Having illustrated the way employers can intervene in the statutory process to defeat recognition claims, this chapter considers union strategies and behaviour. It explores the extent to which these have been shaped or modified in the light of the statutory procedure and its operation, drawing upon two surveys of unions conducted in 2000 and 2010. In particular this chapter considers how far the decline in applications to the CAC may reflect unions’ increased reluctance to use the procedure and a greater reliance on the voluntary route, and/or their limited capacity to generate new claims. To shed light upon this the chapter focuses upon the factors underpinning workplace mobilisation through seven case studies of union campaigns for recognition, in which ballots were held under the statutory procedure. It looks at the factors that give rise to unionisation, but also that then predict success or failure in ballots through the procedure, and, in the light of the previous chapter, the interaction of employer and union strategies prior to and during the ballot period. It also considers how far union mobilisation at the workplace converges with national union organising strategies and possible tensions between an organic and bureacratic response. The chapter explores how far union organising, in the context of the legislation, has continued to generate voluntary recognition, suggesting that there is reduced evidence of this and pointing to the limits of voluntarism.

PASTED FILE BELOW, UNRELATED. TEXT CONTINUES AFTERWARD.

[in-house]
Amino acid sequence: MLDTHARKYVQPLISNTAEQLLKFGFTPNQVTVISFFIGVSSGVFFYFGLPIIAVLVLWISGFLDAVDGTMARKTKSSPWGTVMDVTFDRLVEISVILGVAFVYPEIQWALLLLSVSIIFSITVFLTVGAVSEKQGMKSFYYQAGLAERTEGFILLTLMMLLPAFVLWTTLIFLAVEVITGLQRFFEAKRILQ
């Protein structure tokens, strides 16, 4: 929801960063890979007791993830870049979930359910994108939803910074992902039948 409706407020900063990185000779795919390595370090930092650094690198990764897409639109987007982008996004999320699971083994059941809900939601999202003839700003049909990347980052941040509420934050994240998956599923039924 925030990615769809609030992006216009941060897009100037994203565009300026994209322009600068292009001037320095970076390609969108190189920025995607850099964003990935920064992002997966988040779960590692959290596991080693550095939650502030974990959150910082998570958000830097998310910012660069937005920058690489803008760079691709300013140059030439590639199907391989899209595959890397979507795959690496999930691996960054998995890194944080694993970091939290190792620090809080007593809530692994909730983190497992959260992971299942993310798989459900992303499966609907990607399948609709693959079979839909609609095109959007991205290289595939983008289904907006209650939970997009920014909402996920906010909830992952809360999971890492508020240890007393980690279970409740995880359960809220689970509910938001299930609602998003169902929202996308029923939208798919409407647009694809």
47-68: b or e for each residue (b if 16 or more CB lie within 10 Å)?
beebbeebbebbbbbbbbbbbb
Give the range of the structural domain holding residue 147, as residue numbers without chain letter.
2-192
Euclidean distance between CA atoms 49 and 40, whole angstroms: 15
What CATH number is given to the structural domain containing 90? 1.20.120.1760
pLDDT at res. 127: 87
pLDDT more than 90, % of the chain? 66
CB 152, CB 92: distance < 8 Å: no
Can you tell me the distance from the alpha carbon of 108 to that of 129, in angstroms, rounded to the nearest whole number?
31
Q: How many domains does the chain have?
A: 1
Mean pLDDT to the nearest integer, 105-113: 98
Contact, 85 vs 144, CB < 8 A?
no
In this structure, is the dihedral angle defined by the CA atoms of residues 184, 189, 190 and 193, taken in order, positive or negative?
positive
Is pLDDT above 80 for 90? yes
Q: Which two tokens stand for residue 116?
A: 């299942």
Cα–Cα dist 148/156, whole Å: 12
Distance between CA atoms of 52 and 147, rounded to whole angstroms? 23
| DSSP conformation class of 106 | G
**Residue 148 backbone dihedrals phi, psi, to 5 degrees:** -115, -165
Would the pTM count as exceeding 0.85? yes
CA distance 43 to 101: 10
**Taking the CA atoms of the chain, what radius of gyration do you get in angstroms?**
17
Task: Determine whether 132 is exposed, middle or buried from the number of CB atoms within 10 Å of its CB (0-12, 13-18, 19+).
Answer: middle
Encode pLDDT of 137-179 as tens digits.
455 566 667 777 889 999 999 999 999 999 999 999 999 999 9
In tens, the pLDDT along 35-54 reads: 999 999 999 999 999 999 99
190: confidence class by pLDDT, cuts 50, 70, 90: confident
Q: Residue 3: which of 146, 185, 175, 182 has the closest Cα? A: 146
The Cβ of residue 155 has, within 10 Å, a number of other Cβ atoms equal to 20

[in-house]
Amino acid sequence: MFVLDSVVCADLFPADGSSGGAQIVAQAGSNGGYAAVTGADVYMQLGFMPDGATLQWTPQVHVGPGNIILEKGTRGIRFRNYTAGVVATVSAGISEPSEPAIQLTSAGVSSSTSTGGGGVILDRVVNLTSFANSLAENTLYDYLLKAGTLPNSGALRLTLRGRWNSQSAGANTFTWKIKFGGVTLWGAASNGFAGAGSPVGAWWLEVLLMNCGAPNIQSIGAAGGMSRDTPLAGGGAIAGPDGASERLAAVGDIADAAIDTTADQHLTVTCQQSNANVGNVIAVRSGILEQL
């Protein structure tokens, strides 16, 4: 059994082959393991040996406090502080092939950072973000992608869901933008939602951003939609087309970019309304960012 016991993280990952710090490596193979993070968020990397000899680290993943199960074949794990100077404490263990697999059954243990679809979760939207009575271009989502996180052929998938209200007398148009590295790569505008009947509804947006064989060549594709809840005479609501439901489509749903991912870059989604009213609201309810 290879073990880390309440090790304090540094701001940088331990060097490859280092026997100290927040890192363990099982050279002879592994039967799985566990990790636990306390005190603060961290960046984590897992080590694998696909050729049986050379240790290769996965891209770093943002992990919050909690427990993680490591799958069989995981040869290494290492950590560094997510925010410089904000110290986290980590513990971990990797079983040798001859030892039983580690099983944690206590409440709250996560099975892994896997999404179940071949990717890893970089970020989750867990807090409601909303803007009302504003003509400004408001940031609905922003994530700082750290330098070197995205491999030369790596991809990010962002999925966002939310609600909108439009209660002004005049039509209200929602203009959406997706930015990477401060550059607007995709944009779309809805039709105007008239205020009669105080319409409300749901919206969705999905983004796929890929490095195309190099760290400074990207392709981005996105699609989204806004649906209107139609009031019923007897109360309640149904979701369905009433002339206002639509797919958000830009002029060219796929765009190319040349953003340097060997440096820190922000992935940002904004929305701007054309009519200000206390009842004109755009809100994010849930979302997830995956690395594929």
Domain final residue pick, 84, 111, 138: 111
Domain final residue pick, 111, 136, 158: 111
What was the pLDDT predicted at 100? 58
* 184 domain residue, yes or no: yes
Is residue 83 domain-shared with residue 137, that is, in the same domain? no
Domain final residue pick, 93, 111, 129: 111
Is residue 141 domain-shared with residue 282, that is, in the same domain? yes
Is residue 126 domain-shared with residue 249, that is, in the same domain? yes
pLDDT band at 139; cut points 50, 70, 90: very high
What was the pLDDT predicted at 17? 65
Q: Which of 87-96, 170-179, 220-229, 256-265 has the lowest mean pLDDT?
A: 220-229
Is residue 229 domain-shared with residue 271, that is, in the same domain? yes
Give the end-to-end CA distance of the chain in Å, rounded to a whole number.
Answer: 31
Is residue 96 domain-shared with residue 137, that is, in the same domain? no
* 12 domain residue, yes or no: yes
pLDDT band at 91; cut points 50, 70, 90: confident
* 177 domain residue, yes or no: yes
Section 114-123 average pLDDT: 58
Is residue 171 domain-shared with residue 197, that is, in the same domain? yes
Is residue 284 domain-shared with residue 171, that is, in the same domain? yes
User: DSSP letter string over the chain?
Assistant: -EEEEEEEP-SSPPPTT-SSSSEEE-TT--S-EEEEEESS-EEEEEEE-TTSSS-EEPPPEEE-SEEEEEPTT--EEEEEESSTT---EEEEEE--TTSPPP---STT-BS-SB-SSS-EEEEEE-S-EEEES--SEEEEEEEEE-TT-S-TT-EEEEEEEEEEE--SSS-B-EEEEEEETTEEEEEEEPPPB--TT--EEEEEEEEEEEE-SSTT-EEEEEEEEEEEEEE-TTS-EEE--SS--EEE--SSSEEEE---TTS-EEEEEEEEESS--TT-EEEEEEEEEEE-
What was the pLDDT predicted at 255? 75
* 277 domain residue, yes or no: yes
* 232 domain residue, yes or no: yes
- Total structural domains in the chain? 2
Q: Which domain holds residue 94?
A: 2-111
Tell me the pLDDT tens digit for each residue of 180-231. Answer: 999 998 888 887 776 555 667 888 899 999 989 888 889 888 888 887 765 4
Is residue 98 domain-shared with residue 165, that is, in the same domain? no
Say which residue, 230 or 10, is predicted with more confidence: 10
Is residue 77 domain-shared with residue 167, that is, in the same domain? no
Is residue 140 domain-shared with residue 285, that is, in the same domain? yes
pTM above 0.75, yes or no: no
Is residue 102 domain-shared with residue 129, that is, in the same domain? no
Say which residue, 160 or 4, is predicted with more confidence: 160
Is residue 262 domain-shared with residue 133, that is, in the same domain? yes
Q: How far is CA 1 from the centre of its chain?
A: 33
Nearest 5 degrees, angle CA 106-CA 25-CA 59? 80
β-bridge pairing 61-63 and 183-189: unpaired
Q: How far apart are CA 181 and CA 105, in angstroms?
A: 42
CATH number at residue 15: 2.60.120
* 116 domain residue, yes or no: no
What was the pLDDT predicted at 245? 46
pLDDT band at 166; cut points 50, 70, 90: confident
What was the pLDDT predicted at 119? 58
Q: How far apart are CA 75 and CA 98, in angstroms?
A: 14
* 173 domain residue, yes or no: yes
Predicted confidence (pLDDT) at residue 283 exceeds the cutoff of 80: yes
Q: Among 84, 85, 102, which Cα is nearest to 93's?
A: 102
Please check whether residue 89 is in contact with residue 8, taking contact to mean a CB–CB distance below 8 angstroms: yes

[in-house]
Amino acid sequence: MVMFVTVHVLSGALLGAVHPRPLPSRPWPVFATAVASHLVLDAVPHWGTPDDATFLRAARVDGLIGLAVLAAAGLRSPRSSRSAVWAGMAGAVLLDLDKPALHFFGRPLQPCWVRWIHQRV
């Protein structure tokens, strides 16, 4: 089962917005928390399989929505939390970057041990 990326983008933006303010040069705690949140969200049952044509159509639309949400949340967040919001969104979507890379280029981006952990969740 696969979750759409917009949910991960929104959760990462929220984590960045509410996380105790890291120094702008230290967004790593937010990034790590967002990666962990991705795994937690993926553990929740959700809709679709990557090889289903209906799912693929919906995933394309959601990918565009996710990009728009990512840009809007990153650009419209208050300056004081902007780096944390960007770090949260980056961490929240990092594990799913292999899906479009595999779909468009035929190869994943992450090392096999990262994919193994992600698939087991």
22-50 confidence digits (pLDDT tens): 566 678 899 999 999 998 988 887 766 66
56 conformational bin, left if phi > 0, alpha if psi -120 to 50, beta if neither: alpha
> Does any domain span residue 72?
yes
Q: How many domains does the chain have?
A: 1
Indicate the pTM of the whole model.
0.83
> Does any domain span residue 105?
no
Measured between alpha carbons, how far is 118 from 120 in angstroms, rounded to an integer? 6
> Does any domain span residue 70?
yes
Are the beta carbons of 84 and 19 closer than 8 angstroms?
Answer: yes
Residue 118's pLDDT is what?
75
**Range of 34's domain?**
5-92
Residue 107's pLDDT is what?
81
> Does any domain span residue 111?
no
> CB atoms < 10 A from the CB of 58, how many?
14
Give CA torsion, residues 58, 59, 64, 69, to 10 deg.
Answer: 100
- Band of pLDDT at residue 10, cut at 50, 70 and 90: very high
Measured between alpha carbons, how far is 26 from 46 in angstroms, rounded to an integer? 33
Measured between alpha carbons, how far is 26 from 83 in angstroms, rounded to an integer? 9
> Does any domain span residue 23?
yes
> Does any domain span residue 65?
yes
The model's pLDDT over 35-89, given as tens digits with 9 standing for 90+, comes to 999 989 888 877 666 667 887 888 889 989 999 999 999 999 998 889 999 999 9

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- Organising for Recognition — Union Strategies
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